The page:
But neither "the media" nor "the spectacle" is the real subject of Debord's book on Lebovici. The real subject is terrorism, or, rather, the rise of what Debord calls "artificial terrorism." he writes:

At the time when the situationists were an active force [between 1957 and 1971], they were rarely referred to or treated as terrorists, even though the idiotic concept of 'intellectual terrorist' was purposely popularized in reference to them. But the Situationist International was dissolved in 1972, at a time when artificial terrorism had just begun, a terrorism which, henceforth, was to be so much in vogue for the governing of states and which, in the crusade to defeat it, has granted these same states their certificates of democracy. If the Situationist International still existed today, it would inevitably be called a terrorist group.

What Debord has in mind is the terrorist campaign conducted by the Italian government and blamed on "extremists" (chielfy the Red Brigades) between 1969 and 1980. And, while it is true that the Situationist International disbanded in 1972, it was a pair of ex-Situationists (Debord and Gianfranco Sanguinetti) who led the field in identifying and denouncing acts of artificial terrorism as they were committed. Between them, they published such classic anti-terrorist works as The Veritable Report on the Last Chance to Save Capitalism in Italy (1975); Italian and French editions of On Terrorism and the State (1978); and the preface to the fourth Italian edition of The Society of the Spectacle (1979).

In respectrospect, none of these texts can be considered "paranoid" or full of unsubstantiated "conspiracy theories": as Debord notes in Considerations, the Italian government "recently and officially confessed that its special services, with the complicity of the useful elements of the Mafia and Vatican, have been consistently present in all of the bloody operations that have been conducted since 1969, under the command of Italy's parallel government, which has managed to shelter itself under the sensitive pseudonym of P.2." But, unlike the author of Les Mots et Les Balles, Debord doesn't use the existence of this confession to highlight the corruption, cynicism and complicity of the French press, which pretended to see "terrorist or Stalinist traits in those who radically denounced terrorism teleguided by the State and Stalinism."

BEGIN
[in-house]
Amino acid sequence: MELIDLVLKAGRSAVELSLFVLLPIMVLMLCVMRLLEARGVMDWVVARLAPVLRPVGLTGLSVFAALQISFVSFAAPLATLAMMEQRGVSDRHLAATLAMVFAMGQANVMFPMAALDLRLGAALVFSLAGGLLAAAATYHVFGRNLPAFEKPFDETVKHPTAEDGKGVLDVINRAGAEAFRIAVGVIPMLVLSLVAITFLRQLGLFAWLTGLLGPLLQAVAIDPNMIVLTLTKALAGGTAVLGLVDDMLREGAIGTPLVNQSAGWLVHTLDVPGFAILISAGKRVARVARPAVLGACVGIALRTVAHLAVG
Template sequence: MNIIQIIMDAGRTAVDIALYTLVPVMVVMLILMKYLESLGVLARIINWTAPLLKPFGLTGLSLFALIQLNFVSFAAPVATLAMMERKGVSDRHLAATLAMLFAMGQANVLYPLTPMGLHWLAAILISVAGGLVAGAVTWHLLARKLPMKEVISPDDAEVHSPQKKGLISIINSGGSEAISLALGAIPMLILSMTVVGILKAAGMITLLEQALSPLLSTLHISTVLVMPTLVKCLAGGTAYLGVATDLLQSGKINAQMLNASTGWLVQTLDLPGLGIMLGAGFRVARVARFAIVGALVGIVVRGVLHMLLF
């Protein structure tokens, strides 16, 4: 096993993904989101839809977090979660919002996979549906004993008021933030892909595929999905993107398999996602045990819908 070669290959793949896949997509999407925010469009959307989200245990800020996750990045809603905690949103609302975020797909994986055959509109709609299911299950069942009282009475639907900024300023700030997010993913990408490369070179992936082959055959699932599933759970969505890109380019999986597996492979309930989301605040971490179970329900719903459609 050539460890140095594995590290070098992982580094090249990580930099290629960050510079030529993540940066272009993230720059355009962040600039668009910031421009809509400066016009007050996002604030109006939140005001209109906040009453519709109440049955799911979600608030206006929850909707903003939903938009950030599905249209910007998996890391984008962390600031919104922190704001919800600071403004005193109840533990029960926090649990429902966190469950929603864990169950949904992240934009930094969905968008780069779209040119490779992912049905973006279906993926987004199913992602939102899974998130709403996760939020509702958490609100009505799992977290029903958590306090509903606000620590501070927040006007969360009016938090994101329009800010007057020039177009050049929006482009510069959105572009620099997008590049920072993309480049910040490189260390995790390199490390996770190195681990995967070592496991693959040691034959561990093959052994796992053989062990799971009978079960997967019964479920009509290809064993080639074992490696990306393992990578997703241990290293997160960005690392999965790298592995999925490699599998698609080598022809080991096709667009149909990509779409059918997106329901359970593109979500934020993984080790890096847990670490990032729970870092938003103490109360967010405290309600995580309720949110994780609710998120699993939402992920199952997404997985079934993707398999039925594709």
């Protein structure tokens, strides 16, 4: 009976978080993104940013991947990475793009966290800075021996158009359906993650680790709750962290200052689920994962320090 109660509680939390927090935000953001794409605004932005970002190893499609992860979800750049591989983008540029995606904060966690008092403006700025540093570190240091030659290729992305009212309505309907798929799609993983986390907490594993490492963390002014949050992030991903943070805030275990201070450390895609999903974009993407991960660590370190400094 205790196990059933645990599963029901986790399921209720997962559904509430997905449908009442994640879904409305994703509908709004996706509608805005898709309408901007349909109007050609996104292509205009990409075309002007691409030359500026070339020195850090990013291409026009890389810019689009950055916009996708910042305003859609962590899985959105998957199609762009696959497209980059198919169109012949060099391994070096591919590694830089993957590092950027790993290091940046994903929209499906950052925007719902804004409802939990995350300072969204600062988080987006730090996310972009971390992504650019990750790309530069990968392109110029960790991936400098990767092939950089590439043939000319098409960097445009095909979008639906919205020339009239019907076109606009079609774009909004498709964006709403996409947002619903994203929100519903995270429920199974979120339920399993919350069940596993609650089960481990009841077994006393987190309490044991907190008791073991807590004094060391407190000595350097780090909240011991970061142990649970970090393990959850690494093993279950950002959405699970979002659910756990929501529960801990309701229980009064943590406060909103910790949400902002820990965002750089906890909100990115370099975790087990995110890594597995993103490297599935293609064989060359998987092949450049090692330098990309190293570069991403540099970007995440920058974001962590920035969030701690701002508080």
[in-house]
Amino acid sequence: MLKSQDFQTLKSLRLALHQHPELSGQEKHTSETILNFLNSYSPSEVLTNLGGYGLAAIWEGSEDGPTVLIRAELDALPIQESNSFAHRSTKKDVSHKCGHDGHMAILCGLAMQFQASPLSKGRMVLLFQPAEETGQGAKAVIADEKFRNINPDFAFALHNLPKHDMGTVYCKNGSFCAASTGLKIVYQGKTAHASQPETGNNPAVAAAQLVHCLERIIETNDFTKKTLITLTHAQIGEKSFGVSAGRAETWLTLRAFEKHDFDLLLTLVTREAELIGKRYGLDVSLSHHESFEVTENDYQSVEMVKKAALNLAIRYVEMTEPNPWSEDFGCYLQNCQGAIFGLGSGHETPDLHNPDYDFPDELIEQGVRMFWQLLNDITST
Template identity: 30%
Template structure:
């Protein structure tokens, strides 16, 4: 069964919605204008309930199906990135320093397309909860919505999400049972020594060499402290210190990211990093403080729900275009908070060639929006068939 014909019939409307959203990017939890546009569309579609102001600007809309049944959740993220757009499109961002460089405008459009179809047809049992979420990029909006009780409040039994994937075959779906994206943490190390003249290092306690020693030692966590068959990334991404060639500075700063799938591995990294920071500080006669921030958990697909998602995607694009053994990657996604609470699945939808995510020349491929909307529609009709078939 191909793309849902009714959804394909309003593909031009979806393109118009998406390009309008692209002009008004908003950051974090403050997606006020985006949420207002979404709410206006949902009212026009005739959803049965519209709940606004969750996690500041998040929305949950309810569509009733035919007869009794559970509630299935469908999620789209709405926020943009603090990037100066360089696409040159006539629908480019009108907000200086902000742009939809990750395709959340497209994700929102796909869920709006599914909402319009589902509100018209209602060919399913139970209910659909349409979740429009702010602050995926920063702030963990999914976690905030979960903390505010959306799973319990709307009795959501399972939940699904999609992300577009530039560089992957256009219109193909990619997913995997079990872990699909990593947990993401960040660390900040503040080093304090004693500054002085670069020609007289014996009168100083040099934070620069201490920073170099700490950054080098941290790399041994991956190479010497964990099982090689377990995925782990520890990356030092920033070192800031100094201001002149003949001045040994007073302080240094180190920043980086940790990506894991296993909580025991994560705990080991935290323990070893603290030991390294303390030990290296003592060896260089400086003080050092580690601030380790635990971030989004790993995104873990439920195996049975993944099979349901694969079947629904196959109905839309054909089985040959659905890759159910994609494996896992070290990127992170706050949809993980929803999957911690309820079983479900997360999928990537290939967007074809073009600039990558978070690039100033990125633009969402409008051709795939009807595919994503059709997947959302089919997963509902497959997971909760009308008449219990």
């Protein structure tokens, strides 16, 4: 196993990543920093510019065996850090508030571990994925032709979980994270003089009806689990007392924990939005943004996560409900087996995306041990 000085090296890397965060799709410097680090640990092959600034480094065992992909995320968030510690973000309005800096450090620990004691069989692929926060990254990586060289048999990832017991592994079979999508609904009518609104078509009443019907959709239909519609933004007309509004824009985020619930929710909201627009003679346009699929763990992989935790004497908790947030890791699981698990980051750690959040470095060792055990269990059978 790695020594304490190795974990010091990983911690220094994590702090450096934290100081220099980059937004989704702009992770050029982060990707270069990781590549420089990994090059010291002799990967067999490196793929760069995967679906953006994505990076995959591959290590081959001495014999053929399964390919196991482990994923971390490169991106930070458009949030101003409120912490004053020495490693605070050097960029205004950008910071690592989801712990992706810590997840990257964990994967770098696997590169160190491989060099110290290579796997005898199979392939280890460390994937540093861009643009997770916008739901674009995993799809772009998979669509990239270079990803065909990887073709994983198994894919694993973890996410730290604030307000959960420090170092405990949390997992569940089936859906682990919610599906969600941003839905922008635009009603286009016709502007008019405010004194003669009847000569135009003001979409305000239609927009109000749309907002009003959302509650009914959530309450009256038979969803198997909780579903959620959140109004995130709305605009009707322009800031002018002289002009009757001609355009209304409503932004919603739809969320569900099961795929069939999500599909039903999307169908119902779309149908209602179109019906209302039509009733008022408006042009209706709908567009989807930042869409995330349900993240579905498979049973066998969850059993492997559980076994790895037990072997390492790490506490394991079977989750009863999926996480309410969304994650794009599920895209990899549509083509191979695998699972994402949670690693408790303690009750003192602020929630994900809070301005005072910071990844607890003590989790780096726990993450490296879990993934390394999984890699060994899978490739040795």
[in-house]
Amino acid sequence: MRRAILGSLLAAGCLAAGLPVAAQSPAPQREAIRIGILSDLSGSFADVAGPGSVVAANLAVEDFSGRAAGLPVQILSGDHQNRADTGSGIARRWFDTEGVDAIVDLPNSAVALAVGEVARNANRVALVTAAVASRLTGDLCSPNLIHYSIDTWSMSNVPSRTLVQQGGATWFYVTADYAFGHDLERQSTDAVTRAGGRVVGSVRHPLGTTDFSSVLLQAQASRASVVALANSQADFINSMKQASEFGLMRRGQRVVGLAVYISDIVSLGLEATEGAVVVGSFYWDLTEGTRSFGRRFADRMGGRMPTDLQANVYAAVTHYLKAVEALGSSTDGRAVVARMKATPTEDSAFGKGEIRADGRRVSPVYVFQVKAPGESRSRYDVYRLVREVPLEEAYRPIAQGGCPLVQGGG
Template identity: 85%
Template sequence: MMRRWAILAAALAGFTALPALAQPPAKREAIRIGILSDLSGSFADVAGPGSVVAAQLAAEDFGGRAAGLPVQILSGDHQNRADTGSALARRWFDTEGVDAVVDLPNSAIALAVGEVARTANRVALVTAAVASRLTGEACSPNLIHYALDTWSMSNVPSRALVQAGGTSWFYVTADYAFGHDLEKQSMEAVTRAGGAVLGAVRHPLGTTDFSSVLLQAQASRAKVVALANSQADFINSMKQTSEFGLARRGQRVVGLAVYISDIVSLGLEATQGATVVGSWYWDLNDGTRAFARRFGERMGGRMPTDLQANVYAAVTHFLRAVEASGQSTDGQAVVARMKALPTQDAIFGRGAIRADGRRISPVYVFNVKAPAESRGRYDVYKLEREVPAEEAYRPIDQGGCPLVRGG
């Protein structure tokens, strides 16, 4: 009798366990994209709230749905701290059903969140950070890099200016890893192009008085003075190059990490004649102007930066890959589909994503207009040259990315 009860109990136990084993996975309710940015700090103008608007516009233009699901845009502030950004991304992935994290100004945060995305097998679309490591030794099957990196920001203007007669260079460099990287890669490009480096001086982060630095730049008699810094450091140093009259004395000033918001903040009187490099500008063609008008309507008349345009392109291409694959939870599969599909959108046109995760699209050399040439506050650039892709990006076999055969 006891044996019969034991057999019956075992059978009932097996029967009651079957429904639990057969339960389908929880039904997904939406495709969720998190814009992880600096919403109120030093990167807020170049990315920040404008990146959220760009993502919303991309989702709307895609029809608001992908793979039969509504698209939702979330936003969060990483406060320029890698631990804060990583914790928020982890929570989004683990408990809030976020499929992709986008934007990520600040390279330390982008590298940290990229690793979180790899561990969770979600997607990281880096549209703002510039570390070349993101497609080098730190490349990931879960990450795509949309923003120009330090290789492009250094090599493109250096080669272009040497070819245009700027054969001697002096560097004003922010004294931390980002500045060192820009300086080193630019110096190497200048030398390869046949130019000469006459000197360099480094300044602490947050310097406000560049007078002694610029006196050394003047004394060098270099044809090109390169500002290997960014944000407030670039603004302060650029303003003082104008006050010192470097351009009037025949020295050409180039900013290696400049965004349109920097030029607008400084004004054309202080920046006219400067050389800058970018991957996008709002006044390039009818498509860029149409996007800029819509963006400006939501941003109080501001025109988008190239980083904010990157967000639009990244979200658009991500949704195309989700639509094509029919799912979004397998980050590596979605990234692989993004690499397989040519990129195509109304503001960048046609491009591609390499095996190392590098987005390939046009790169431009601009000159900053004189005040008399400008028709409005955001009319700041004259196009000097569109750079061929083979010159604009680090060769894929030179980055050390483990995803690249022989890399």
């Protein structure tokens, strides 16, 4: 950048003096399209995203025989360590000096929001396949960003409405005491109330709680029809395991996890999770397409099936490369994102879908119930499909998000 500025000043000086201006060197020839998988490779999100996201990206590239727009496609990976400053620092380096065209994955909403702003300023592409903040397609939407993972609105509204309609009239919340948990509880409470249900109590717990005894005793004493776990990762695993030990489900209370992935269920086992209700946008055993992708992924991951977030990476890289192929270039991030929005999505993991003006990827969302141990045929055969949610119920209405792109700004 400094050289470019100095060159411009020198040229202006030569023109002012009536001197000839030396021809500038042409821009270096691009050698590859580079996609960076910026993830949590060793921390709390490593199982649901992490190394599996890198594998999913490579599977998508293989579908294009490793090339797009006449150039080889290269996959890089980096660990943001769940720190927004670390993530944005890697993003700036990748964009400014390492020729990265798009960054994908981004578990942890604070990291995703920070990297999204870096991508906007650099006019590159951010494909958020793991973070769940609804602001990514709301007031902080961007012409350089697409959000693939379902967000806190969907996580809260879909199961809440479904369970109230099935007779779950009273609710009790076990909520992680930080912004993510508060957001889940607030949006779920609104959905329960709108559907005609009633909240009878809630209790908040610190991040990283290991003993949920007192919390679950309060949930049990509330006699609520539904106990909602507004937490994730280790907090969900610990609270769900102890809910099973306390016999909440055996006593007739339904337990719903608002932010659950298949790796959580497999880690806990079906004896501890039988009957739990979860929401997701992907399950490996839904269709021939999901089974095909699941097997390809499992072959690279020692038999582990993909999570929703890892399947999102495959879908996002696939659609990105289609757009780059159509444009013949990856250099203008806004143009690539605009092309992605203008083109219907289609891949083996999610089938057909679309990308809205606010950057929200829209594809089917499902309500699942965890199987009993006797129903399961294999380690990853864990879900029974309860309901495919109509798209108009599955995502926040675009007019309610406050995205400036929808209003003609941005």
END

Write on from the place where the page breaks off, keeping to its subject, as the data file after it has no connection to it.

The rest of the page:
Unfortunately, Debord also fails to mention all the other Leftists who were assassinated in Paris during the 1970s and 1980s: Mahmoud Hamchari (1972), Al Kubeisi (1973), Mohammed Boudia (1973), Henri Curiel (1978), Francisco Martin Izaguirre (1979), Aurelio Fernandez Carlo (1979), Pierre Goldman (1979), Moussef Moubarak (1981), Andre Ali Mecili (1987), and Dulcie September (1988). Had he done so, Debord would have greatly strengthened his argument that Lebovici's murder wasn't an isolated event but was part of a deliberate strategy of governing. But he didn't. Maybe someone else will.

-- NOT BORED! 29 August 2003.